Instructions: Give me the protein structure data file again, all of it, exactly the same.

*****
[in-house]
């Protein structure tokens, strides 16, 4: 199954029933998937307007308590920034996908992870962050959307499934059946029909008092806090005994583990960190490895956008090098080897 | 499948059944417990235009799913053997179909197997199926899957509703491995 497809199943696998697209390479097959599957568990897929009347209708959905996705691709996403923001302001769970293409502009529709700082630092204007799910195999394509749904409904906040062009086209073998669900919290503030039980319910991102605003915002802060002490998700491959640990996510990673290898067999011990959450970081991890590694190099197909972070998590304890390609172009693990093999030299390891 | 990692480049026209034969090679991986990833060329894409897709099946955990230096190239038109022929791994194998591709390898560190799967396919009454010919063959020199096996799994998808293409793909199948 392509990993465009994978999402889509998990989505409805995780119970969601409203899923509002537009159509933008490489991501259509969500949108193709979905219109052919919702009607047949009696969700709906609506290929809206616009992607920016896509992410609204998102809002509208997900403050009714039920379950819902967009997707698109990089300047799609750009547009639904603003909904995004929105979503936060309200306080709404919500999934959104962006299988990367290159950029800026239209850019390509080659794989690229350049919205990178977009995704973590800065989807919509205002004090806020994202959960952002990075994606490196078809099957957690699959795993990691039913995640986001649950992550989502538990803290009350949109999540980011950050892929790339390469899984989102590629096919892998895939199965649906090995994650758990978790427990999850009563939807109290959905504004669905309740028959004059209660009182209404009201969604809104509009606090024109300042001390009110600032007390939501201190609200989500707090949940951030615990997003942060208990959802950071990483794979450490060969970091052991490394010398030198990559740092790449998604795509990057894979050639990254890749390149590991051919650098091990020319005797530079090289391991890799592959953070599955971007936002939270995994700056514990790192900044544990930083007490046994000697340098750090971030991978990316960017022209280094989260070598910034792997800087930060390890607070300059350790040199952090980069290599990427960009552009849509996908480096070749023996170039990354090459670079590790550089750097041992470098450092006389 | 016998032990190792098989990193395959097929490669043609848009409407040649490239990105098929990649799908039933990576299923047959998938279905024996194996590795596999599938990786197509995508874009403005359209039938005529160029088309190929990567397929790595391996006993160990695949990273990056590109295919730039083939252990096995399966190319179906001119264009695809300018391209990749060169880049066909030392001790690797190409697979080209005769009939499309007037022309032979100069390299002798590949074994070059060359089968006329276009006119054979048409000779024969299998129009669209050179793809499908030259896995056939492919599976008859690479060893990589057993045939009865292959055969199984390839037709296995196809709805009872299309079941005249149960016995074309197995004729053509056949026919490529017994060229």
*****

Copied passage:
[in-house]
């Protein structure tokens, strides 16, 4: 199954029933998937307007308590920034996908992870962050959307499934059946029909008092806090005994583990960190490895956008090098080897 | 499948059944417990235009799913053997179909197997199926899957509703491995 497809199943696998697209390479097959599957568990897929009347209708959905996705691709996403923001302001769970293409502009529709700082630092204007799910195999394509749904409904906040062009086209073998669900919290503030039980319910991102605003915002802060002490998700491959640990996510990673290898067999011990959450970081991890590694190099197909972070998590304890390609172009693990093999030299390891 | 990692480049026209034969090679991986990833060329894409897709099946955990230096190239038109022929791994194998591709390898560190799967396919009454010919063959020199096996799994998808293409793909199948 392509990993465009994978999402889509998990989505409805995780119970969601409203899923509002537009159509933008490489991501259509969500949108193709979905219109052919919702009607047949009696969700709906609506290929809206616009992607920016896509992410609204998102809002509208997900403050009714039920379950819902967009997707698109990089300047799609750009547009639904603003909904995004929105979503936060309200306080709404919500999934959104962006299988990367290159950029800026239209850019390509080659794989690229350049919205990178977009995704973590800065989807919509205002004090806020994202959960952002990075994606490196078809099957957690699959795993990691039913995640986001649950992550989502538990803290009350949109999540980011950050892929790339390469899984989102590629096919892998895939199965649906090995994650758990978790427990999850009563939807109290959905504004669905309740028959004059209660009182209404009201969604809104509009606090024109300042001390009110600032007390939501201190609200989500707090949940951030615990997003942060208990959802950071990483794979450490060969970091052991490394010398030198990559740092790449998604795509990057894979050639990254890749390149590991051919650098091990020319005797530079090289391991890799592959953070599955971007936002939270995994700056514990790192900044544990930083007490046994000697340098750090971030991978990316960017022209280094989260070598910034792997800087930060390890607070300059350790040199952090980069290599990427960009552009849509996908480096070749023996170039990354090459670079590790550089750097041992470098450092006389 | 016998032990190792098989990193395959097929490669043609848009409407040649490239990105098929990649799908039933990576299923047959998938279905024996194996590795596999599938990786197509995508874009403005359209039938005529160029088309190929990567397929790595391996006993160990695949990273990056590109295919730039083939252990096995399966190319179906001119264009695809300018391209990749060169880049066909030392001790690797190409697979080209005769009939499309007037022309032979100069390299002798590949074994070059060359089968006329276009006119054979048409000779024969299998129009669209050179793809499908030259896995056939492919599976008859690479060893990589057993045939009865292959055969199984390839037709296995196809709805009872299309079941005249149960016995074309197995004729053509056949026919490529017994060229």